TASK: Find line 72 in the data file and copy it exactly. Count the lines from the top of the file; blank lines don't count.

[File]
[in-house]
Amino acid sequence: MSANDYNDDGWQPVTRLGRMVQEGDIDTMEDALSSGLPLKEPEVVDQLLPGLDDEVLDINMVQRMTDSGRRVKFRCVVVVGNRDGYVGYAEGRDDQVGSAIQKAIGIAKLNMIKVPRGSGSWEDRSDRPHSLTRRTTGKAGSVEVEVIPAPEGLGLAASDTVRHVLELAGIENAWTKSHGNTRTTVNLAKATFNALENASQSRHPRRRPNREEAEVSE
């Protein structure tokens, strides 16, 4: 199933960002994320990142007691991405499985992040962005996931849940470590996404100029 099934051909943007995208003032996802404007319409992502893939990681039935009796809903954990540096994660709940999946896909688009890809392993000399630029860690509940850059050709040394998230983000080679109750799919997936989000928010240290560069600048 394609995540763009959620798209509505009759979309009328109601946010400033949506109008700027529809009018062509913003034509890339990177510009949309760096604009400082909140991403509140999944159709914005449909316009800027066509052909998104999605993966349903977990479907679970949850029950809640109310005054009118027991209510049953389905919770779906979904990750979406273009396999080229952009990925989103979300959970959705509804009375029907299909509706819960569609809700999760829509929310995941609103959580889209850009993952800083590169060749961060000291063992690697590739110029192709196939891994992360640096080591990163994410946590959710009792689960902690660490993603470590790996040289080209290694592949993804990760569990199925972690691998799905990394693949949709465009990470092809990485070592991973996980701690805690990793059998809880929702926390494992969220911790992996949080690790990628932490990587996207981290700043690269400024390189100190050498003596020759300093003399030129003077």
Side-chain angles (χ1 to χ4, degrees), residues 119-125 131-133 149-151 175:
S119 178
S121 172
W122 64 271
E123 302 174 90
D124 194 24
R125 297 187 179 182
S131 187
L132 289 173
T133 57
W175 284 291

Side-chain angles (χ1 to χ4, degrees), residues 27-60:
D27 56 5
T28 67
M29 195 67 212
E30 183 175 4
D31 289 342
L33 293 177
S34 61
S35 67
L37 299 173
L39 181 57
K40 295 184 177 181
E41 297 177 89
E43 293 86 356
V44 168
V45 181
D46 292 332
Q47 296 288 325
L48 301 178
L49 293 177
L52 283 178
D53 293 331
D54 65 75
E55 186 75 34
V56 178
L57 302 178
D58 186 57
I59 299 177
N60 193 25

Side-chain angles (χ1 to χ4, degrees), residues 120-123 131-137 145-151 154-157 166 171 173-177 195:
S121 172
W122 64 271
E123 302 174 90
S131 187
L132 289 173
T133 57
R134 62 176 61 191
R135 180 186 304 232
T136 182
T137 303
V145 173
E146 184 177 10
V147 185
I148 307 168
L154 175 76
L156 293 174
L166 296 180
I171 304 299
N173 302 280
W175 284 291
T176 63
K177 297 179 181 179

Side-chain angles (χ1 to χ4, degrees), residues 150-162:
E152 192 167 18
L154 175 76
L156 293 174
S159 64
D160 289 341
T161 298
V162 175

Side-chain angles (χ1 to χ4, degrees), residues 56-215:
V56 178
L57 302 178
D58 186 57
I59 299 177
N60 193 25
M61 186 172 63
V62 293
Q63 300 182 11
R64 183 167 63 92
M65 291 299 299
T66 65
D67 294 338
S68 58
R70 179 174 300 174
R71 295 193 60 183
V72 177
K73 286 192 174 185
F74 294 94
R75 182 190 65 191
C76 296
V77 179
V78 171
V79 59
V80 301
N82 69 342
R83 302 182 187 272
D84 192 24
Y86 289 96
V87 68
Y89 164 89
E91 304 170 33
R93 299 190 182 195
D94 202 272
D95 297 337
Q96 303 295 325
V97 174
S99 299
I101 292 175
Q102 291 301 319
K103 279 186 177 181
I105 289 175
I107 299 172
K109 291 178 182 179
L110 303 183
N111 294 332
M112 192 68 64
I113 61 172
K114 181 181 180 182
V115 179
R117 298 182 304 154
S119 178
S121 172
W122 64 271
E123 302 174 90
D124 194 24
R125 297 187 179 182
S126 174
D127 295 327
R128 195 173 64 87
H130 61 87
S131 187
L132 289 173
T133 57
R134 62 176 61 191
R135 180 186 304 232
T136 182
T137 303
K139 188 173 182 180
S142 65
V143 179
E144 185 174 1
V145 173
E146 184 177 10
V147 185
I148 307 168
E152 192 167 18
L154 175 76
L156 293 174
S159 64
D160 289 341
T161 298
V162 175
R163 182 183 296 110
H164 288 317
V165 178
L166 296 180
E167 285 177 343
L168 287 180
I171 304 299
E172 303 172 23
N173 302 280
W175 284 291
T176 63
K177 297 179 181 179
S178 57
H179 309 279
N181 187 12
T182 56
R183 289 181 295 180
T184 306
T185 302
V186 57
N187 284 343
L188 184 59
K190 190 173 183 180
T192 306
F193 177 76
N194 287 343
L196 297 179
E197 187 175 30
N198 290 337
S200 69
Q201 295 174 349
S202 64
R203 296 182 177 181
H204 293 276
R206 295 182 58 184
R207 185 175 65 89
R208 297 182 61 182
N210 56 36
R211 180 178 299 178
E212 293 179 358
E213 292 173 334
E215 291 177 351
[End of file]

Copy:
D160 289 341